All great imitation, even when it's parody, respects the original source. The covers that disappoint fail to do this.
Notably missing from Crossfade's list are the pain-inducing covers that have been discussed to death. Examples: Celine Dion's cover of AC/DC's "You Shook Me All Night Long" (need I say more?); anything Limp Bizkit ever covered (George Michael's "Faith," The Who's "Behind Blue Eyes," Pink Floyd's "Wish You Were Here"); Britney Spears's cover of The Rolling Stones' "Satisfaction."
Here's what's left: Some unturned stones of awful, some familiar ones that haven't had nearly enough negative attention, and some that will leave you retching. The only antidote? Check out the originals.
10. Forever the Sickest Kids, "Crazy Train" (Original: Ozzy Osbourne)
It's not just any old band that can make Ozzy Osbourne sound like an outtake from High School Musical. Can't you just see a shirtless Zac Efron pepping up his multiethnic, tween-friendly basketball teammates by giving them a winning smile and then launching into "Crazy, but that's how it goes..."?
9. Devo, "Ohio" (Original: Crosby, Stills, Nash & Young)
When Devo works it's a laugh, but a song about the Kent State shootings just didn't need to go sci-fi.
8. 30 Seconds to Mars, "Stronger" (Original: Kanye West)
Jared Leto, remember when you did that brooding thing on My So-Called Life? OWN that thing. We still girl-crushed on you back then. I don't mind you getting a little piss on Kanye, but it's more than a bit rude to the original Daft Punk sample. And P.S. the formulaic slow-down-the-lyrics-for-depth thing isn't working for you. Sorry.
7. Bloc Party, "Say it Right" (Original: Nelly Furtado)
Bloc Party is usually good. Just not here. Sometimes a pop song needs to be a pop song, not something a British bloke is crying over.
6. Bruce Springsteen, "Jersey Girl" (Original: Tom Waits)
Springsteen lovers, please take a deep breath before blowing a capillary. Just because the Boss seems to own New Jersey does not mean every song with the state's name in the title should be part of his repertoire. He turned Waits's gravelly goodness into an arena ballad.
5. All Time Low, "Umbrella" (Original: Rihanna)
At least they got the band name right.
4. Creed, "I'm Eighteen" (Original: Alice Cooper)
Oh, Scott Stapp. You're almost too easy a target, but you brought this on yourself, so I'll make an exception. Some friendly advice: Do. Not. Ever. Cover. Anything. Anyone. Anywhere. Ever. Liked. Ever.
3. Vanilla Ice, "Fight the Power" (Original: Public Enemy)
When I think of someone who has the street cred, lyrical dexterity and proven wit to cover hip-hop classics, Vanilla Ice jumps right to mind. Thank god he left out the original second verse:
"Elvis was a hero to most/But he never meant shit to me, you see/Straight-up racist that sucker was/Simple and plain/Motherfuck him and John Wayne/Cause I'm Black and I'm proud"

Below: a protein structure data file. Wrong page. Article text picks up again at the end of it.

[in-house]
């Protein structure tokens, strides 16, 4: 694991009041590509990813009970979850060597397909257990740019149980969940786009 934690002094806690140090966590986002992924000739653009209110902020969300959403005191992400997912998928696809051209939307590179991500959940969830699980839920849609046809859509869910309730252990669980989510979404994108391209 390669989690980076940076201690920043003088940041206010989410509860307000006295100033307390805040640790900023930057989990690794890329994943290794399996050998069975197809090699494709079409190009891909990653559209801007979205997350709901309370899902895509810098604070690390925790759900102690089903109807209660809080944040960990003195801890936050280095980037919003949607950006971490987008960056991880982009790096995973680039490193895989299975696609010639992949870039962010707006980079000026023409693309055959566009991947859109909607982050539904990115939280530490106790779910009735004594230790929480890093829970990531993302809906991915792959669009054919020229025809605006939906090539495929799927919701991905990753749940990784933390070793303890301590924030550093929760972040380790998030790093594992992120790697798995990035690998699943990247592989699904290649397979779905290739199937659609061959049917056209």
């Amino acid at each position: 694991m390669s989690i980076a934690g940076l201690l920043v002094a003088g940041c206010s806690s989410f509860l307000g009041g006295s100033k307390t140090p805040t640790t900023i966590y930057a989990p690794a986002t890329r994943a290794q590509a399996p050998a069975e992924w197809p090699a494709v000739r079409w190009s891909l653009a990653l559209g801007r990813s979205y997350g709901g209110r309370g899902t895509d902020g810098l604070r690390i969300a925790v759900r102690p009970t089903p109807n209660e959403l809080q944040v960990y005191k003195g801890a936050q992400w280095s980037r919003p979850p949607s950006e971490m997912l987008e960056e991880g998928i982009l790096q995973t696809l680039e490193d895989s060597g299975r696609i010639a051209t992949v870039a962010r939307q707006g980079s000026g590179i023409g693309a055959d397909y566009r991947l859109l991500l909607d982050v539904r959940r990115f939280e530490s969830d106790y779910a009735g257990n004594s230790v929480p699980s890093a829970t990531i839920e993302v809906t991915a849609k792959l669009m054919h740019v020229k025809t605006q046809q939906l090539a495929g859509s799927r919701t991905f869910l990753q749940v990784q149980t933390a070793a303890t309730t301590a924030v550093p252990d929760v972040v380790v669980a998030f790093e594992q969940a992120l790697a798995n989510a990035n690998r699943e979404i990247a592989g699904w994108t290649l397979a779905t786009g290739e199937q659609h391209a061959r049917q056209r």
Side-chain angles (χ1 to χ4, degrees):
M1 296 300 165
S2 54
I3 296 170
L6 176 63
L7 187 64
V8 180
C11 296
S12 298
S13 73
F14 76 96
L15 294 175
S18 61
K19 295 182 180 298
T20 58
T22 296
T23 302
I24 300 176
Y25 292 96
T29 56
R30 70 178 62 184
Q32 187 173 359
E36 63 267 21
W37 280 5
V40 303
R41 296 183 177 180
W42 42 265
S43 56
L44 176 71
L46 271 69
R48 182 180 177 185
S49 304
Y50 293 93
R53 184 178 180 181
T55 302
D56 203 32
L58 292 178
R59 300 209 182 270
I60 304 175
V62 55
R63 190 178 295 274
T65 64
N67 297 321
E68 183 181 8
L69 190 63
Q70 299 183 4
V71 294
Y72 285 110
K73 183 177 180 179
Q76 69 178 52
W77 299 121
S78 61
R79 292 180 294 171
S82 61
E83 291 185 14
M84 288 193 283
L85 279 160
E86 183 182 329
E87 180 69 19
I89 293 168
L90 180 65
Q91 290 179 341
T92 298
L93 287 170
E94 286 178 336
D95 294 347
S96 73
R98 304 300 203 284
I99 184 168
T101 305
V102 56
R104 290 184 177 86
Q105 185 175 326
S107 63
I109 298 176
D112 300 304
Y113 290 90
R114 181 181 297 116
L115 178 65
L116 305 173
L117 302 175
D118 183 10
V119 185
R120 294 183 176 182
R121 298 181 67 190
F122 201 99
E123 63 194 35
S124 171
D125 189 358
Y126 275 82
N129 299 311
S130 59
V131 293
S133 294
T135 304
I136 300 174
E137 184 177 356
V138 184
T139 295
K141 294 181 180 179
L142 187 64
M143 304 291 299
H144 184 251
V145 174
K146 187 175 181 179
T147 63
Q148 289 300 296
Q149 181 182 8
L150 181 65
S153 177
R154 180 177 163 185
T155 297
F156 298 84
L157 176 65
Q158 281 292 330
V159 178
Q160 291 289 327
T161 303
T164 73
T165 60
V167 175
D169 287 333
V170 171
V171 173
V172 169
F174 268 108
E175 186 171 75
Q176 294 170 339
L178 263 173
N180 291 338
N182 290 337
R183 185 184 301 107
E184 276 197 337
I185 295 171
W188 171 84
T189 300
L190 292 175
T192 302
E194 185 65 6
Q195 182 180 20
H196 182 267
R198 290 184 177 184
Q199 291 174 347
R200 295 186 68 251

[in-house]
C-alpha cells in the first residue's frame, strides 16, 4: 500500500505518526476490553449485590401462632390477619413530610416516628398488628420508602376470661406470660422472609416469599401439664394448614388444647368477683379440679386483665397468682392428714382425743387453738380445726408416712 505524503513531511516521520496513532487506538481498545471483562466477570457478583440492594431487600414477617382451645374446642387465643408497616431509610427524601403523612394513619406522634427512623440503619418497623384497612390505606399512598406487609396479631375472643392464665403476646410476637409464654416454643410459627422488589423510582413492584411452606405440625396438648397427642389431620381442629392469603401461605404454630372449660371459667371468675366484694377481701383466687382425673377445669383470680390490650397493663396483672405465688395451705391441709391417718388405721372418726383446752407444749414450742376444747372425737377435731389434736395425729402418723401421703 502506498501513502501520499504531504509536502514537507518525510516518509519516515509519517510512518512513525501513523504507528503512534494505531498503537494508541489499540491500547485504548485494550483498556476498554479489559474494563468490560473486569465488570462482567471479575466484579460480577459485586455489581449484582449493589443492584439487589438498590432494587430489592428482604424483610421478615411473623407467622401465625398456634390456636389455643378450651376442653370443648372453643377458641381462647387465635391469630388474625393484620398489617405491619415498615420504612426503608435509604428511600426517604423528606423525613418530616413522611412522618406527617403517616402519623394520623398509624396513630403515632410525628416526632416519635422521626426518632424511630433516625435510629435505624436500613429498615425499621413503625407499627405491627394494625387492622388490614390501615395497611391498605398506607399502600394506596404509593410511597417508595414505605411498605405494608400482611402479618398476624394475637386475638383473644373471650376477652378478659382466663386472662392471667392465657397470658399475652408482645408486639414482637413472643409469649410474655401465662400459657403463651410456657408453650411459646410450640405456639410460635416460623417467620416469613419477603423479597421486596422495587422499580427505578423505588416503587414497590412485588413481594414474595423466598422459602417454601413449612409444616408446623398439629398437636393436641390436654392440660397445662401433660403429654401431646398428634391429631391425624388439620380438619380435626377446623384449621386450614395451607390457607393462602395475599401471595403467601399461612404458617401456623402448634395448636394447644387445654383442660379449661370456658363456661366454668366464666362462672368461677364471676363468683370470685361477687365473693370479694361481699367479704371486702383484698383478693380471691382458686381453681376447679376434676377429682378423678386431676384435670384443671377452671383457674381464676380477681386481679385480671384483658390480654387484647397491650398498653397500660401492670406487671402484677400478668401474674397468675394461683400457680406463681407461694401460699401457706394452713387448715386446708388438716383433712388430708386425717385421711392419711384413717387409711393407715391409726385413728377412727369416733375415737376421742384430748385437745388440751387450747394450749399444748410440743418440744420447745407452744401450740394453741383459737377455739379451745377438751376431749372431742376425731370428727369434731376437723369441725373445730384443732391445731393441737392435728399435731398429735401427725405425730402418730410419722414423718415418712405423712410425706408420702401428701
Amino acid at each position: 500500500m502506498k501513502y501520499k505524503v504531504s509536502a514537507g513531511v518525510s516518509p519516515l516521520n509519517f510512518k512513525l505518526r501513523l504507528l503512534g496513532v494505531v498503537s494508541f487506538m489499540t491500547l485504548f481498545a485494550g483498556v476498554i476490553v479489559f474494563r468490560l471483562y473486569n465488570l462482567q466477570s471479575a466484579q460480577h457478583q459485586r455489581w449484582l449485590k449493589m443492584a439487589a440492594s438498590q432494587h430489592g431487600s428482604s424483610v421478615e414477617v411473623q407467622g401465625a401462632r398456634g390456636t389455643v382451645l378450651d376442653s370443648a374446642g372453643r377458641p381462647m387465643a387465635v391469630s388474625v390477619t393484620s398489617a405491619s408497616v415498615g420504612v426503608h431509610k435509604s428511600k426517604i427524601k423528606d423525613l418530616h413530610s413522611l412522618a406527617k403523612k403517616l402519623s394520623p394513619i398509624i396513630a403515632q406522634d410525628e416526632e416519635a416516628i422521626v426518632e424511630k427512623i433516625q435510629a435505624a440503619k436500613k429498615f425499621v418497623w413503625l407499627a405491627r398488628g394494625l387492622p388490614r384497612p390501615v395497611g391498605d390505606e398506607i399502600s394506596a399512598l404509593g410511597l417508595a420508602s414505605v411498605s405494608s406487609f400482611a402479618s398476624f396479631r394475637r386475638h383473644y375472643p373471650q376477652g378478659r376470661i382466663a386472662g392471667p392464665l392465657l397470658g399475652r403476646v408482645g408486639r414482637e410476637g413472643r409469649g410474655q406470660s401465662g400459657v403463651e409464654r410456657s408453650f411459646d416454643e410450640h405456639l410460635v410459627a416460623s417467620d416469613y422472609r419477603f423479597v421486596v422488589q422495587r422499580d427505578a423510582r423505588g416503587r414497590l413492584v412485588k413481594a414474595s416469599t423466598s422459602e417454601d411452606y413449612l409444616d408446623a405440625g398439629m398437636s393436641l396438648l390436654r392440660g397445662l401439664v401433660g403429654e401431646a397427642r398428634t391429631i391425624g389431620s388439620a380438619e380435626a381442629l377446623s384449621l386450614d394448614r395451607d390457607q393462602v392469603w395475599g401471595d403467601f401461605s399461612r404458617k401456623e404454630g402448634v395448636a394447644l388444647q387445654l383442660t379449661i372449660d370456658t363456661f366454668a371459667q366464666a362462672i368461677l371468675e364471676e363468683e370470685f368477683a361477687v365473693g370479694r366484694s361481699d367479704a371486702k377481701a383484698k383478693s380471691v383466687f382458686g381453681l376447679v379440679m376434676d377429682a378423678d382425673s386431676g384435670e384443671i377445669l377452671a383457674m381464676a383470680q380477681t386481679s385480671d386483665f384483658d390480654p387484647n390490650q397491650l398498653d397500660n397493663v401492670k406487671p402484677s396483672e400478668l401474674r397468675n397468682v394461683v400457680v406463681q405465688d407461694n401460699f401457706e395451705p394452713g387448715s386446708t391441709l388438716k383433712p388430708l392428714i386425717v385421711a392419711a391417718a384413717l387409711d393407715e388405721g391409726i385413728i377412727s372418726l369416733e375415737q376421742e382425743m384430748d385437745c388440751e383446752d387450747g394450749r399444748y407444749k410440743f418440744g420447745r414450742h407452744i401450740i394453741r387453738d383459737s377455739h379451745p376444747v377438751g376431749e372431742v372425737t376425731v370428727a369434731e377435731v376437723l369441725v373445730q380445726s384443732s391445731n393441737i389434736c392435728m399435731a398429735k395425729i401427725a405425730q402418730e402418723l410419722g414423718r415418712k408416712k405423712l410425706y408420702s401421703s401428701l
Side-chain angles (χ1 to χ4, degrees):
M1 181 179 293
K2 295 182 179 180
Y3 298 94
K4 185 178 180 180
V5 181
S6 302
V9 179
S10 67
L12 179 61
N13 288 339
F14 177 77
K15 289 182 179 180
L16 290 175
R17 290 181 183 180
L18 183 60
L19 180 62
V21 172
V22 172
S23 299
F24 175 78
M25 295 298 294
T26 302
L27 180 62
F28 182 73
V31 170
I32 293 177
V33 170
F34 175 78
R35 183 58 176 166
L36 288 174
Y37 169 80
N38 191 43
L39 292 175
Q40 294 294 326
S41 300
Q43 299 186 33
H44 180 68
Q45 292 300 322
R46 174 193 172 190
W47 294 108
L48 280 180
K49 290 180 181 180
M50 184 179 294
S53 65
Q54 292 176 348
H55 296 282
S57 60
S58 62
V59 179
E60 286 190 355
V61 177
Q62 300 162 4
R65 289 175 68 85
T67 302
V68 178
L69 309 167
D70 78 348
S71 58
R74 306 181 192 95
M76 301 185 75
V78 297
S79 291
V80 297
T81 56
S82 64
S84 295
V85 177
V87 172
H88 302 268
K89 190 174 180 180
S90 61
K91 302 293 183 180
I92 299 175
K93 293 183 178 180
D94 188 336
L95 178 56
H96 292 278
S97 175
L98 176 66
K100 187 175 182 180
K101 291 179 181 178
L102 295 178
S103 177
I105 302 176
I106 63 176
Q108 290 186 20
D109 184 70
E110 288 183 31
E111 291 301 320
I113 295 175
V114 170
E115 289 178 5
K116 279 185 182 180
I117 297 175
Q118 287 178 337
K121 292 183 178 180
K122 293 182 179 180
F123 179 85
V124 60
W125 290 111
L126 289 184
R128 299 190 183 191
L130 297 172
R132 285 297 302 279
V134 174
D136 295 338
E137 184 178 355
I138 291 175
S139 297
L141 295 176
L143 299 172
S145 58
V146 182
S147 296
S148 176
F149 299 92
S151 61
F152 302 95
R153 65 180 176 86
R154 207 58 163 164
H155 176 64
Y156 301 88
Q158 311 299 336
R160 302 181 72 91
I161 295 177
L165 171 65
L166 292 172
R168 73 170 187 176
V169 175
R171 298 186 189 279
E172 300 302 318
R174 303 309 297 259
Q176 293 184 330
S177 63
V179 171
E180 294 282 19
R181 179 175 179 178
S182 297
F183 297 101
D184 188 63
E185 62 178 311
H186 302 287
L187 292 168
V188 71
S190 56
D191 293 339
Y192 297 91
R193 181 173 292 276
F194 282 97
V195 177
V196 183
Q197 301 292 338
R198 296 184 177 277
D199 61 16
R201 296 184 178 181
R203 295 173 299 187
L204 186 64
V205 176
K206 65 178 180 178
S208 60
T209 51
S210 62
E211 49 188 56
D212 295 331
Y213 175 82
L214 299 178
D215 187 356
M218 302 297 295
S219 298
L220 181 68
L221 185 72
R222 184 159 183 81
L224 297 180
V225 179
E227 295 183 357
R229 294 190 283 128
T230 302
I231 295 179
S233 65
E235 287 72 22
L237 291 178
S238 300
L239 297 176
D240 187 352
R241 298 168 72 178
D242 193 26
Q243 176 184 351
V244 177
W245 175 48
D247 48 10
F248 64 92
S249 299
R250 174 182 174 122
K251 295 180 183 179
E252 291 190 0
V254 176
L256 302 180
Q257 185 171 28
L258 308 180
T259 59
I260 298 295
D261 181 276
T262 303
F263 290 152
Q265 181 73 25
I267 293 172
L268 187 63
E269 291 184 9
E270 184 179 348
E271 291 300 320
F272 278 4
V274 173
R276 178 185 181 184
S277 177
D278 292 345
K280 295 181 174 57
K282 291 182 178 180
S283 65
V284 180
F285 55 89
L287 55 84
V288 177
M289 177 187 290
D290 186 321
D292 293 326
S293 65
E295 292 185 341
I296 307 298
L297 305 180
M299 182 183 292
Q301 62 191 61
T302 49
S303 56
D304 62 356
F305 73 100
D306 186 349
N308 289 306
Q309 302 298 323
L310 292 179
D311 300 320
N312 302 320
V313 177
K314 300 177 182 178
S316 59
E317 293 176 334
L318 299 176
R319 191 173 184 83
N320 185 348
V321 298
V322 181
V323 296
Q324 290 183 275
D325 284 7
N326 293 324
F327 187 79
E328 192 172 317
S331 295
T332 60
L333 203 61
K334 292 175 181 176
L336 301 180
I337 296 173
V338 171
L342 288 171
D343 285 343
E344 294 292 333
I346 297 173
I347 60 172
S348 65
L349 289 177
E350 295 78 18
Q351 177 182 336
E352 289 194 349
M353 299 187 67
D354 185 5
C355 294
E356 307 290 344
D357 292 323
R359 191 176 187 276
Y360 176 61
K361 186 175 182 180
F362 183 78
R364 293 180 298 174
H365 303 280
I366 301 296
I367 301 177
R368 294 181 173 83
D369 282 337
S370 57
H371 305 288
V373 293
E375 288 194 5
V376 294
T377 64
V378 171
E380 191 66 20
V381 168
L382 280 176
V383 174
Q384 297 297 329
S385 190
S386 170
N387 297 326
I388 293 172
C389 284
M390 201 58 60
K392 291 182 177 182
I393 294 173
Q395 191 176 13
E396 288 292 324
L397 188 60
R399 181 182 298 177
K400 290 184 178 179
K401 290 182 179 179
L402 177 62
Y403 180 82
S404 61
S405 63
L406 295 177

You could see where this would get awkward, right? You know, people accused Elvis of profiting off black musicians' innovations, and Vanilla Ice is ... well ... you get it. Then again, I can't say he's profiting. No one bought this CD.
2. Gene Simmons, "Firestarter" (Original: Prodigy)
This is like watching your great uncle try to booty dance at your bar mitzvah. It gives me the worst feeling ... Pity. Every time he screams, "I'm the fire starter," I just want to pet his thinning, dye-damaged hair and -- my eyes filled with sincere tears at his long-gone youth -- tell him that it will all be OK, then jingle something sparkly at him until he forgets the whole ordeal.
1. Avril Lavigne, "Knocking on Heaven's Door" (Original: Bob Dylan)
Okay, I'm in the minority that's not keen on the GnR cover. But this is blasphemy.
Dear Avril:Certain songs require a bit of gravitas, which you lack. Why did you plant yourself, pink-studded shoe first, in one of the most haunting tunes in the American songbook? Stick to Sk8tr Bois and you'll do swimmingly. At least your skull-and-heart print bikini is real cute.
Keep Miami New Times Free... Since we started Miami New Times, it has been defined as the free, independent voice of Miami, and we would like to keep it that way. Offering our readers free access to incisive coverage of local news, food and culture. Producing stories on everything from political scandals to the hottest new bands, with gutsy reporting, stylish writing, and staffers who've won everything from the Society of Professional Journalists' Sigma Delta Chi feature-writing award to the Casey Medal for Meritorious Journalism. But with local journalism's existence under siege and advertising revenue setbacks having a larger impact, it is important now more than ever for us to rally support behind funding our local journalism. You can help by participating in our "I Support" membership program, allowing us to keep covering Miami with no paywalls.